Over the last two years, NATSO, the main trade association for truck stops, has spent “a lot” of time working on NEVI, said David Fialkov, the association’s vice president of government affairs, raising his eyebrows for emphasis. “Meaningful time and political capital,” he added.

NATSO submitted comments to FHWA in early 2022, asking the agency to make service stations the cornerstone of NEVI, arguing that the things EV drivers need are what gasoline stations already have.

“Most fuel retailers are open 24 hours a day, seven days a week and provide restrooms, food and beverage options,” NATSO said in its comment. It also argued it has the incentive to overcome the glitches that have bedeviled charging stations and sapped the public’s confidence in charging infrastructure.

‘‘We are conscripted to make sure that the customer experience is pleasant,” said Fialkov. “You don’t see a lot of broken gas pumps, and the reason is that the guy who runs the station loses money when the pump isn’t working.”

Federal rules are silent on what amenities a charging station must have to receive funds. But some states have, intentionally or not, aided gas stations in their application processes by requiring the sort of offerings that gas stations possess, such as restrooms and food courts. In some states, extra points are awarded to applications providing those perks.

Once the federal government set its minimum rules, Fialkov said, NATSO turned its efforts to persuading state DOTs to require amenities. “‘We wanted more uniformity and direction so every state would do it in the same way,” Fialkov said.

'It's a rough case'

Although the major fueling chains are winning the funding race, many say that building an EV-charging business will be a challenge.

“It’s a rough case,” said Tim Langenkamp, a vice president at Pilot Flying J, which is aiming to install about 200 charging plazas at its stations by the end of this year, in collaboration with the automaker General Motors and charging provider EVgo.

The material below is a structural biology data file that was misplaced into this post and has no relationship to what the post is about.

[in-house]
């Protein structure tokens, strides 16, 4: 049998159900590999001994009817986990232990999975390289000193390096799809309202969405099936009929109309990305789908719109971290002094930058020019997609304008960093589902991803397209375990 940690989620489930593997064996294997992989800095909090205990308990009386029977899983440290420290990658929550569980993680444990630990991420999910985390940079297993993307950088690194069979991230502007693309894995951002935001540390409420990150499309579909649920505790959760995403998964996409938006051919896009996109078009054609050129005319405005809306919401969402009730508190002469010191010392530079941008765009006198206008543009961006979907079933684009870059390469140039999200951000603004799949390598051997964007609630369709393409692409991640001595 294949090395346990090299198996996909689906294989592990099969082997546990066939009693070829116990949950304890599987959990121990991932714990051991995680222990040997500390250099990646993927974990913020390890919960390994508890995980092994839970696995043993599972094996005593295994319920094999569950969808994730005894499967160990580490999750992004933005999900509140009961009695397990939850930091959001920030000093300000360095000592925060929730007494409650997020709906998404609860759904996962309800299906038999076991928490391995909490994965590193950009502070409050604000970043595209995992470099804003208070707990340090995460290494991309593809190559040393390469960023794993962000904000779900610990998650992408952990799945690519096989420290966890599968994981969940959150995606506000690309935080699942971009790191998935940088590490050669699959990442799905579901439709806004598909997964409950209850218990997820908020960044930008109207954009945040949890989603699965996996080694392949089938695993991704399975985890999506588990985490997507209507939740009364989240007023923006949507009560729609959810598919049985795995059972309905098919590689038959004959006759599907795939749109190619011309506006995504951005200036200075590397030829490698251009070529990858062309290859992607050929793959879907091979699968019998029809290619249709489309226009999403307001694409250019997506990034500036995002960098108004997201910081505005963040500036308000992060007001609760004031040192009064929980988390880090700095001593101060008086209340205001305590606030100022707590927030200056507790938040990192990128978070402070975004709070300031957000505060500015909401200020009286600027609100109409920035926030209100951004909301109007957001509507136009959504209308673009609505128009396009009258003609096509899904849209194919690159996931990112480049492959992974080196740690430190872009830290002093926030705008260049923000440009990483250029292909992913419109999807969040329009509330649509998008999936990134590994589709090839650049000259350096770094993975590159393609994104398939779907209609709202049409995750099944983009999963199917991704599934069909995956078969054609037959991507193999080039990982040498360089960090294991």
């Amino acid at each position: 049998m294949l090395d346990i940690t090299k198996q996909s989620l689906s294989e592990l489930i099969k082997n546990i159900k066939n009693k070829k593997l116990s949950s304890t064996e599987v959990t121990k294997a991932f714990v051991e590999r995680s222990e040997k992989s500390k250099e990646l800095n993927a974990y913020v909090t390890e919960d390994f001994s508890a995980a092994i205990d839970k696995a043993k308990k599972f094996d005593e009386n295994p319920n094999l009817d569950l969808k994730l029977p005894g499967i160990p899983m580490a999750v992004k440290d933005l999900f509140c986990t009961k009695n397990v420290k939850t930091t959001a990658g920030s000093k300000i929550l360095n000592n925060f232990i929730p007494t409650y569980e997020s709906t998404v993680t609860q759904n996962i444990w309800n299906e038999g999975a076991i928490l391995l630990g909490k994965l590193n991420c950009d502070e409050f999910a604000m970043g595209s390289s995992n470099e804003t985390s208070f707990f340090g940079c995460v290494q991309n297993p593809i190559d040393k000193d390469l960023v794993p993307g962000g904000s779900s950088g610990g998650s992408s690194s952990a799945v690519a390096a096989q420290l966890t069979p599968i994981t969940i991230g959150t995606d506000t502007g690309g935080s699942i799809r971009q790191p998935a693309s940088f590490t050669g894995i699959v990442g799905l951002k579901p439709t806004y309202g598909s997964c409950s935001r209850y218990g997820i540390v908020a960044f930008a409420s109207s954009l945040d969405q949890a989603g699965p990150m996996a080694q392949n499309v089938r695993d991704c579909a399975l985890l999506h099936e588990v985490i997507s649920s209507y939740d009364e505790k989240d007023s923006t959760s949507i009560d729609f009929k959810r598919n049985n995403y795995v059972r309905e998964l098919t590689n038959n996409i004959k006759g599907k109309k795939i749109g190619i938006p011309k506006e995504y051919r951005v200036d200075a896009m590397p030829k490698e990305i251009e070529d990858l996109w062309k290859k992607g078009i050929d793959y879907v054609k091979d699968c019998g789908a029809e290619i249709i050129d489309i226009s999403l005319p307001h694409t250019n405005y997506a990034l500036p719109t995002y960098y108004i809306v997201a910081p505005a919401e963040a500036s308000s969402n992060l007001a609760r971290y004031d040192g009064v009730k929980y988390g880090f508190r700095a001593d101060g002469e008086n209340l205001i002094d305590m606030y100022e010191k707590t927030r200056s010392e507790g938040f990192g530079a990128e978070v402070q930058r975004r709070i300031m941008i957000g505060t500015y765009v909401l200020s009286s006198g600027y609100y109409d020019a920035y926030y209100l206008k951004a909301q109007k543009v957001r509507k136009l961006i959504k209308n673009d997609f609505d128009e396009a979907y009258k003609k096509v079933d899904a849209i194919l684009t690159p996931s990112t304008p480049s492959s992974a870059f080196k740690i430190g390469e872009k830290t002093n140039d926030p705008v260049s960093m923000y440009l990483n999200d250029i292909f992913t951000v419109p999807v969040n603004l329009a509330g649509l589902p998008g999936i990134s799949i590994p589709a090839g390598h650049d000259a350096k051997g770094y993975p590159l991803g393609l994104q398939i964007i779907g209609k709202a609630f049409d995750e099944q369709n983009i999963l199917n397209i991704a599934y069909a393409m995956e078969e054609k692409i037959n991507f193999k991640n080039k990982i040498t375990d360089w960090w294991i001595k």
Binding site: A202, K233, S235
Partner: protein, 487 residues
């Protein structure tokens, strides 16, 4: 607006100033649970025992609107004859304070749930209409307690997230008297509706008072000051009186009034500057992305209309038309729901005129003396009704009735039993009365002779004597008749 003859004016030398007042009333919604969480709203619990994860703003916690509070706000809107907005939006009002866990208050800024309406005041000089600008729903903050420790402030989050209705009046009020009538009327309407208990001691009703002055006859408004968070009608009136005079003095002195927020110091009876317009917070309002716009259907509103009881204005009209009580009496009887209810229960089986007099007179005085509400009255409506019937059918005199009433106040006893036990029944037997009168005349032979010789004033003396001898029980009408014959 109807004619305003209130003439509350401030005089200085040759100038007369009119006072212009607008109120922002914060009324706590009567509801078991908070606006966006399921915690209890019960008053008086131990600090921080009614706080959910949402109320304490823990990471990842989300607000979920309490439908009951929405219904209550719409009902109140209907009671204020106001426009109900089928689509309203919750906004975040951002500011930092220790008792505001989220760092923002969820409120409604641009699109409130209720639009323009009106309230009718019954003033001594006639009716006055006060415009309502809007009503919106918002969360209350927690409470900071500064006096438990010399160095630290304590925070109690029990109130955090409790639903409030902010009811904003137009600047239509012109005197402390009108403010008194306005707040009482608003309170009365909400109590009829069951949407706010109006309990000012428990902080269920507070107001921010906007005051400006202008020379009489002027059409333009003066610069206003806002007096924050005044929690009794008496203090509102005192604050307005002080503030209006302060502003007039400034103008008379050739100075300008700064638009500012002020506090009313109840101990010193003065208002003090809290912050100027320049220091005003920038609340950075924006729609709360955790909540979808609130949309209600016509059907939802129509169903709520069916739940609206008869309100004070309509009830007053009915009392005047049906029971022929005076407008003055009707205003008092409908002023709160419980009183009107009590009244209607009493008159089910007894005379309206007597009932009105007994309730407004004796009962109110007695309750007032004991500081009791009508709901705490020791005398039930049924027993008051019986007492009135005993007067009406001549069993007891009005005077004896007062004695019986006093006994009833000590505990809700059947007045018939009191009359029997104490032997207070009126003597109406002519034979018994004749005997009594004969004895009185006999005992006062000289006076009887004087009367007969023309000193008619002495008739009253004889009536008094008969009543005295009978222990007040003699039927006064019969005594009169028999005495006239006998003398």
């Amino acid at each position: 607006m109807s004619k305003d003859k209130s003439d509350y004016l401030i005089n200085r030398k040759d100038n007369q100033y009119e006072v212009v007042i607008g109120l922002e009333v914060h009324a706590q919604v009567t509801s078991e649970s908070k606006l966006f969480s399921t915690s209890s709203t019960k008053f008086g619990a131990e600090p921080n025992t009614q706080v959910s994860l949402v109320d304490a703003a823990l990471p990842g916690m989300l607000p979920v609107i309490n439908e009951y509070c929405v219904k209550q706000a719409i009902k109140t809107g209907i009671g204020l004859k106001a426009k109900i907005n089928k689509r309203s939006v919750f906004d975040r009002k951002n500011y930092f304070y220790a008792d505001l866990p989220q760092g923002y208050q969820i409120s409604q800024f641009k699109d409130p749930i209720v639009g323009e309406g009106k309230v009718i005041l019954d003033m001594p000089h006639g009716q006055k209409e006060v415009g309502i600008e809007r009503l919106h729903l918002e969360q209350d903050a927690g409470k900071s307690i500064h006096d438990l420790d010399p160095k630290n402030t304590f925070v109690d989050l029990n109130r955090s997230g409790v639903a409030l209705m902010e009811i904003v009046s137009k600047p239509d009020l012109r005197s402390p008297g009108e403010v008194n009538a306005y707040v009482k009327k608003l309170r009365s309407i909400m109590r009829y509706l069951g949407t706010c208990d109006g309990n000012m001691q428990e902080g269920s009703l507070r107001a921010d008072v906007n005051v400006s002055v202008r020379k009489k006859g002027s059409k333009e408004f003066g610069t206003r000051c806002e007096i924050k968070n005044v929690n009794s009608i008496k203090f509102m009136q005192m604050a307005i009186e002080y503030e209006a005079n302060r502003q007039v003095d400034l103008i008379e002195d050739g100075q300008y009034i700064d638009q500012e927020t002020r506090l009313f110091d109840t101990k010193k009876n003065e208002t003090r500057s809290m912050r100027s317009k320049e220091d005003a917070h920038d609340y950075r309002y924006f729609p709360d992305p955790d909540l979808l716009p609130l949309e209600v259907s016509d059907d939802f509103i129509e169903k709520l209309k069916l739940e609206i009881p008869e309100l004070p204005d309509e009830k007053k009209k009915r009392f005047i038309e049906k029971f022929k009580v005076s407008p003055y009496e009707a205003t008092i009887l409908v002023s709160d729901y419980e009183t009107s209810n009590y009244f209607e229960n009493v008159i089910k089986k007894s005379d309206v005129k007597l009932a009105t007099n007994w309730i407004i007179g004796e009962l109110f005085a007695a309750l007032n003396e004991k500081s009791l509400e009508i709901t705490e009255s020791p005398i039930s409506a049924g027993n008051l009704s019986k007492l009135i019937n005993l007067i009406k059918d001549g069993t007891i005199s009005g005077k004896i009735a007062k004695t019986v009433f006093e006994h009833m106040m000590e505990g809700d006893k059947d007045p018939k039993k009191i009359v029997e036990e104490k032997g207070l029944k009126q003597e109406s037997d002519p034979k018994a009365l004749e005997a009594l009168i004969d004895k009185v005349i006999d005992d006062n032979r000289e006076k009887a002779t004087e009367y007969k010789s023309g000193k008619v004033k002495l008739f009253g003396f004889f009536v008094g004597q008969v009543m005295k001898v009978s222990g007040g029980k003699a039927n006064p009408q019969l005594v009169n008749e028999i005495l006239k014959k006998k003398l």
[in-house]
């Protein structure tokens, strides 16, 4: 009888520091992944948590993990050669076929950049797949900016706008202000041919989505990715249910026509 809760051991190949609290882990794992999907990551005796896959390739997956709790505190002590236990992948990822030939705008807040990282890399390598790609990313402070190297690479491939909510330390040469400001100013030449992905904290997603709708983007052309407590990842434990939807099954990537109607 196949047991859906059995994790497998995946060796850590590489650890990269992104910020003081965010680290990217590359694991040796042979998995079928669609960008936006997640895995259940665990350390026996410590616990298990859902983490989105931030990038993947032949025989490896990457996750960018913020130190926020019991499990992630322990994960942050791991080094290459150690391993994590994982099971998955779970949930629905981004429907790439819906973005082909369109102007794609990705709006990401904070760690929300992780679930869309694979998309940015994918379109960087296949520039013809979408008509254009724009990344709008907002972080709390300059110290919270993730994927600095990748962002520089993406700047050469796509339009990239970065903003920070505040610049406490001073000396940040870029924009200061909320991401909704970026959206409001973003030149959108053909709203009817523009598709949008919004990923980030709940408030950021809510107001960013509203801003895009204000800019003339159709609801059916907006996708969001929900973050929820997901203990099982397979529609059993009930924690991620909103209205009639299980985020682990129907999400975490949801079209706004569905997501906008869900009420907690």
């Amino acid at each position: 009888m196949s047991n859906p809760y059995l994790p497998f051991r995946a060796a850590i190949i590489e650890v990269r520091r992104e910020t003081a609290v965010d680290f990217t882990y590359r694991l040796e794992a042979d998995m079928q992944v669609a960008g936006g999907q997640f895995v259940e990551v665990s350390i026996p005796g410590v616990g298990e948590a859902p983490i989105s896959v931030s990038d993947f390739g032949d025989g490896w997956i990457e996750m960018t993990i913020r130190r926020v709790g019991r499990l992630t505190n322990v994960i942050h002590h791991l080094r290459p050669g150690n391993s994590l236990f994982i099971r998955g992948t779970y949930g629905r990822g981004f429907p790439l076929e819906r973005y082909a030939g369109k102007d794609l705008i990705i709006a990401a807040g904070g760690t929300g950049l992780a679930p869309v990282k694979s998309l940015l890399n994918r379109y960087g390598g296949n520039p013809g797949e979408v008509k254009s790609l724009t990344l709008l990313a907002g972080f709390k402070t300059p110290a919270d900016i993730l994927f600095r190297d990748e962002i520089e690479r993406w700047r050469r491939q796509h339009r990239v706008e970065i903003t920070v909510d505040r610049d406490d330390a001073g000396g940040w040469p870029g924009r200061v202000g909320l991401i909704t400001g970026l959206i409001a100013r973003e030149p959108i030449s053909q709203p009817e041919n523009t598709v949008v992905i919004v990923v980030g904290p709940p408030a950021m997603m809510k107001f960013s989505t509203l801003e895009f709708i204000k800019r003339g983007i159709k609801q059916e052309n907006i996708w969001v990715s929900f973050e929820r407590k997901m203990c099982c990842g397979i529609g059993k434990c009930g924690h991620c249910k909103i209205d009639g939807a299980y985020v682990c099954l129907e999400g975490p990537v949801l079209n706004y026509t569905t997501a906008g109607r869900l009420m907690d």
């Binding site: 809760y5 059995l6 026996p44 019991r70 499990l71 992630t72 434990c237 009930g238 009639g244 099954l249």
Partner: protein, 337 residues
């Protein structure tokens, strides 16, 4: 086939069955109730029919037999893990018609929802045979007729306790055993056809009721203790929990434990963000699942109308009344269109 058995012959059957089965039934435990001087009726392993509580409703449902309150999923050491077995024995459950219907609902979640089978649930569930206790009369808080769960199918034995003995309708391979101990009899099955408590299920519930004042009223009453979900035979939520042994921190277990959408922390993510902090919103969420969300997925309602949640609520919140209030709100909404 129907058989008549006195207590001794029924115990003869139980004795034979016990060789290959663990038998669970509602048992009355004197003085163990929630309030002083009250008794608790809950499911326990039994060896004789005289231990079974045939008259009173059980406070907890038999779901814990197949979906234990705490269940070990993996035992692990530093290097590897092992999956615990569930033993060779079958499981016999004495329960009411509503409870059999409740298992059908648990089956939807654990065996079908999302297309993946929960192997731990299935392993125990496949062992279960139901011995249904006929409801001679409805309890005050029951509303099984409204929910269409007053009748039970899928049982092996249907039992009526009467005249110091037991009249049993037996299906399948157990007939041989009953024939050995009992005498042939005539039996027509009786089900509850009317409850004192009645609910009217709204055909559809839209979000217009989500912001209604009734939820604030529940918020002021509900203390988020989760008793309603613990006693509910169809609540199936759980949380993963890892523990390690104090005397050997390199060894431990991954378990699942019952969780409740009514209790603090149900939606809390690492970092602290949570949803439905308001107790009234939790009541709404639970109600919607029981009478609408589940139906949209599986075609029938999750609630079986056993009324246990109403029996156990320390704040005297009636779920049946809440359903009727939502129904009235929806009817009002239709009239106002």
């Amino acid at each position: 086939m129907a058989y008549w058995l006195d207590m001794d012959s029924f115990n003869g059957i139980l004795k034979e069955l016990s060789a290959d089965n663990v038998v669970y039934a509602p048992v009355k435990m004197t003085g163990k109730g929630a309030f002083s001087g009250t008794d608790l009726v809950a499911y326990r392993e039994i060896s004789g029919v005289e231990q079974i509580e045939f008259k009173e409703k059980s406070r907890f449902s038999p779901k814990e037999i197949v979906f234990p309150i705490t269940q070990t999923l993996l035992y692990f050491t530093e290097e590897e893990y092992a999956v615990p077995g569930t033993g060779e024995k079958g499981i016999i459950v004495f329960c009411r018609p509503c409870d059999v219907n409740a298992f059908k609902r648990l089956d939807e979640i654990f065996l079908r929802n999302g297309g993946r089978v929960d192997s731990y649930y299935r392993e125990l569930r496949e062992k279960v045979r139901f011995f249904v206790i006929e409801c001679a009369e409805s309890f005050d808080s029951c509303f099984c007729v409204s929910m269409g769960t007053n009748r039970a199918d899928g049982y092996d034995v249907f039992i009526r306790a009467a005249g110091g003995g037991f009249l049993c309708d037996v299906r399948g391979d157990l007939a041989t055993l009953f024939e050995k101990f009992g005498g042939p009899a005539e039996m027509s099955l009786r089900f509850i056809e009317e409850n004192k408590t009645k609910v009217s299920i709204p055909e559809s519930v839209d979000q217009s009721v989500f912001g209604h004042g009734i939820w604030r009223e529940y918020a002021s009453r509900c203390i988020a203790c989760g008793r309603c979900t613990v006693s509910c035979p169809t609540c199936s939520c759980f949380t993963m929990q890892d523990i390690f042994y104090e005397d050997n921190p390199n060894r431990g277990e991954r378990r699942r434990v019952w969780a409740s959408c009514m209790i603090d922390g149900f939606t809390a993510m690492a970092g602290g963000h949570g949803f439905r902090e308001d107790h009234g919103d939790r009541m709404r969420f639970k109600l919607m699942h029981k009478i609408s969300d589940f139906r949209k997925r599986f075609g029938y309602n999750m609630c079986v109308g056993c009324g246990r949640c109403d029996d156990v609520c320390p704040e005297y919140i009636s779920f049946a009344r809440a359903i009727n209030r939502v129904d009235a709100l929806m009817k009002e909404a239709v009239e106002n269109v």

“The NEVI support is an important way of making the economics … better,” he added.

A chief problem for funding recipients is one that might never occur to an EV driver: A bank of charging stalls can make an electricity bill rocket through the roof.

Gasoline fluctuates a lot in price, but gas stations manage that by changing what they charge customers per gallon. That construct collapses when the fuel is electricity.

The reason is that the price of electricity can get volatile when businesses use a lot of it. If many EV drivers plug in to high-powered bank of chargers at the same time, it can result in a financial penalty from the electric utility, which needs electricity usage to be stable. This penalty, called a demand charge, makes it difficult for gas stations to project if EV chargers will be moneymakers or money losers.

“Demand charges is high on the list of things that keep me up at night,” said Kim Okafor, the general manager of zero-emission solutions at Trillium Energy Solutions, the charging subsidiary of truck stop Love’s.

Winning the federal funds, Okafor said, is “tedious” and “time consuming.”

She said she brought on an engineer and a couple of project managers solely to manage NEVI grants. Of the states, she added, "they are not making it easy.”

What companies lose in terms of upfront costs and aggravation, they hope to make up from the pockets of EV drivers.

Sujay Sharma, the CEO of the American branch of BP Pulse, said that unlike gasoline customers, who typically linger five minutes or less, EV drivers stay on-site for 20 to 25 minutes, helping a company’s bottom line by buying food and drinks. “The EV consumer, their basket size tends to be higher,” he said.

The gas station’s presence on the future electric highway is one that EV drivers are just going to have to get used to, said McDonald of EVAdoption.

“For the people saying, 'My God, this money is going to the evil oil companies' — the way to think about it is that they are offering a solution,” he said. “There’s going to be lighting. There’s going to be windshield squeegees and water. There’s going to be drinks. There’s going to be food.”

“You’ve got to think of it as a place you refuel body, mind and car,” he said.

This story also appears in Climatewire.